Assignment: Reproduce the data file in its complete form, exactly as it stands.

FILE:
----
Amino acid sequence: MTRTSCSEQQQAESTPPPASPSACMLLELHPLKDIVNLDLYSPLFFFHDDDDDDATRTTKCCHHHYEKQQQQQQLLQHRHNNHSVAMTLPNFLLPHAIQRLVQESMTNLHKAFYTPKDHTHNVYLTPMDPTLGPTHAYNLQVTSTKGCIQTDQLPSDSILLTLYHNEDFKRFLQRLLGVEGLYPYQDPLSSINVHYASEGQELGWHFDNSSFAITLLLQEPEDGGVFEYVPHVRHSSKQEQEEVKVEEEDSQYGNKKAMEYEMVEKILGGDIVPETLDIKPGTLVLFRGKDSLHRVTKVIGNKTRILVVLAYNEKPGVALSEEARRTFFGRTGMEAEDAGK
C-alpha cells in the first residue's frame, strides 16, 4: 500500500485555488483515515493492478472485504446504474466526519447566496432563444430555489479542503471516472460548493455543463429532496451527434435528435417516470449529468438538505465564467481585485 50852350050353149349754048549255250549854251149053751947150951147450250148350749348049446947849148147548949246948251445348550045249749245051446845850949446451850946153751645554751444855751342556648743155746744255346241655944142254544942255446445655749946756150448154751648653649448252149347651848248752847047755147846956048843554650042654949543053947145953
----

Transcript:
Amino acid sequence: MTRTSCSEQQQAESTPPPASPSACMLLELHPLKDIVNLDLYSPLFFFHDDDDDDATRTTKCCHHHYEKQQQQQQLLQHRHNNHSVAMTLPNFLLPHAIQRLVQESMTNLHKAFYTPKDHTHNVYLTPMDPTLGPTHAYNLQVTSTKGCIQTDQLPSDSILLTLYHNEDFKRFLQRLLGVEGLYPYQDPLSSINVHYASEGQELGWHFDNSSFAITLLLQEPEDGGVFEYVPHVRHSSKQEQEEVKVEEEDSQYGNKKAMEYEMVEKILGGDIVPETLDIKPGTLVLFRGKDSLHRVTKVIGNKTRILVVLAYNEKPGVALSEEARRTFFGRTGMEAEDAGK
C-alpha cells in the first residue's frame, strides 16, 4: 500500500485555488483515515493492478472485504446504474466526519447566496432563444430555489479542503471516472460548493455543463429532496451527434435528435417516470449529468438538505465564467481585485 50852350050353149349754048549255250549854251149053751947150951147450250148350749348049446947849148147548949246948251445348550045249749245051446845850949446451850946153751645554751444855751342556648743155746744255346241655944142254544942255446445655749946756150448154751648653649448252149347651848248752847047755147846956048843554650042654949543053947145953